60. It’s too early to place Eminem alongside those Hollywood giants (Jimmy Cagney/John Garfield), but the promise is there. He understands the power of being still in front of a camera. Compact, volatile and burningly intense, he’s got charisma to spare.
  61. Thanks to fine acting and its vividly unconventional protagonist, it pumps fresh blood into a conventional formula.
  62. It’s like a nightmare that follows you around in daylight: you can’t quite decode it, you can’t shake it, you can’t stop turning it over and over in your mind. This is one queasily powerful movie.
  63. A cliffhanger with no real ending. When the lights come up, think of it as the start of a six-month intermission. For better and worse, Reloaded leaves you hungry for more.
  64. It’s as formulaic as "The Sum of All Fears," but it feels fresher, hipper, less inflated.
  65. Looks like a true epic...even if it is both bloody and bloody long.
  66. Chocolat is a seriocomic plea for tolerance, gift-wrapped in the baby blue colors of a fairy tale and served up with a sybaritic smile.
  67. It might, however, have been a greater film if its villain were as compelling as its flawed hero. Williams is effectively creepy, but next to Pacino’s rich, multileveled portrait he seems one-note, and one we’ve seen before.
  68. It has a surprising charm.
  69. This German movie, with its lush cinematography and lovely score, has the sturdiness of an old-fashioned Hollywood epic. What isn’t Hollywood is Link’s refusal to tell the audience how to feel at every moment.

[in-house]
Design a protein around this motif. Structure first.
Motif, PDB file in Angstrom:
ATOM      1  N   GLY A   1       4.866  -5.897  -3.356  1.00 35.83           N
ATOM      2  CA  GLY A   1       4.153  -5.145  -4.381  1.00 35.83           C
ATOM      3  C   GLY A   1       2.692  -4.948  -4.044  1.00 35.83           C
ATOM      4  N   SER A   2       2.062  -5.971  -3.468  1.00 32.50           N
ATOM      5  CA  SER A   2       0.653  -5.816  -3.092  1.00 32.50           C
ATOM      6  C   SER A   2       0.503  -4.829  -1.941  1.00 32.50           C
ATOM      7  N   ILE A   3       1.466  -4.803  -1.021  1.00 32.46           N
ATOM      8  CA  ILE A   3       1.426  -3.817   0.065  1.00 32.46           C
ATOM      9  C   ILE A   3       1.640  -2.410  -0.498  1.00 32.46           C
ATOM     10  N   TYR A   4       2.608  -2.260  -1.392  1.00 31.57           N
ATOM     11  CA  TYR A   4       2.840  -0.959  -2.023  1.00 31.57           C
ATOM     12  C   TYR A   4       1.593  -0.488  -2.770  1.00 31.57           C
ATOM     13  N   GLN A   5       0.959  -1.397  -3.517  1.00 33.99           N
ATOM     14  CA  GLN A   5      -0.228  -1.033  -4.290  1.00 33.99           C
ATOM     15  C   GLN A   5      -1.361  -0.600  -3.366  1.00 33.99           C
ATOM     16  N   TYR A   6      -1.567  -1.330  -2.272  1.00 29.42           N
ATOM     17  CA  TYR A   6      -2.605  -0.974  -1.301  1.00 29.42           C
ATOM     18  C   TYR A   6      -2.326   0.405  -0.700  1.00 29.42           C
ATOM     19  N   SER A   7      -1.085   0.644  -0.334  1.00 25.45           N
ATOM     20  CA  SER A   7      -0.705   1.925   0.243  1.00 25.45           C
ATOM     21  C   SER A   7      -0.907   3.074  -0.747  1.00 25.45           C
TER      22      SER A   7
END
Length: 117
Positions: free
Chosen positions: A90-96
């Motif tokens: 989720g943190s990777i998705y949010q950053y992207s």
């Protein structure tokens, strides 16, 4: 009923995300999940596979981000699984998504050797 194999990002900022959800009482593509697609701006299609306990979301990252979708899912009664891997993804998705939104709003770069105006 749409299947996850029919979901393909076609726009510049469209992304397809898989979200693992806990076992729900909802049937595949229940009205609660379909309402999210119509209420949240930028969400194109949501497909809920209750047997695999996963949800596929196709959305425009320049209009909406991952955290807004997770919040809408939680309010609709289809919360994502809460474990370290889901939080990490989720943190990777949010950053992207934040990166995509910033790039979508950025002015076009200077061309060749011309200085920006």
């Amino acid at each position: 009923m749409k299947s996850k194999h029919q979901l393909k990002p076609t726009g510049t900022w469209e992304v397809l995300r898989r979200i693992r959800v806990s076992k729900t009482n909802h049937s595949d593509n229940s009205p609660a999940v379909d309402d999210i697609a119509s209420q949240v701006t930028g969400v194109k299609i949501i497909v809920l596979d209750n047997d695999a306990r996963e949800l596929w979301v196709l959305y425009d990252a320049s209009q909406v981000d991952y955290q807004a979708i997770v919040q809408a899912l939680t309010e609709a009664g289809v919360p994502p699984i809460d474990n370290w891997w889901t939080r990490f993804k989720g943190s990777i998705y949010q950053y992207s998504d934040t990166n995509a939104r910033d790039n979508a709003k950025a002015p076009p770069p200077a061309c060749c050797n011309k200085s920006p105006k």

70. Flirts throughout with cliches, and some of the more melodramatic plot devices creak at the joints. Still, the potency of this pop romantic can't be denied. [24 Aug 1987]
  71. The beauty and scale of Miyazaki's vision shines through.
  72. Despite an overwrought finale, this stylish horror film is genuinely creepy. See it before the inevitable Hollywood remake.
  73. It’s too bad that at the very end L.I.E. settles for an easy, melodramatic resolution; it flies in the face of everything that makes this perceptive, original movie so special.
  74. Nair’s stereotype-shattering movie -- like the polymorphous culture it illuminates -- borrows from Bollywood, Hollywood and cinema verite, and comes up with something exuberantly its own.
  75. Raises Hollywood's depiction of war to a new level.
  76. Every bit as tasteless, irreverent, silly and smart as the Comedy Central cartoon that catapulted creators Trey Parker and Matt Stone into the Hollywood catbird seat.
  77. Once again Disney has come up with a winning animated feature that has something for everyone on the age spectrum.
  78. Punch-Drunk Love is one dark, strange-tasting sorbet, its sweetness shot through with startling, unexpected flavors. It’s a romantic comedy on the verge of a nervous breakdown.
  79. Where so many comic-book movies feel as disposable as Kleenex, the passionate, uncynical Hulk stamps itself into your memory. Lee’s movies are built to last.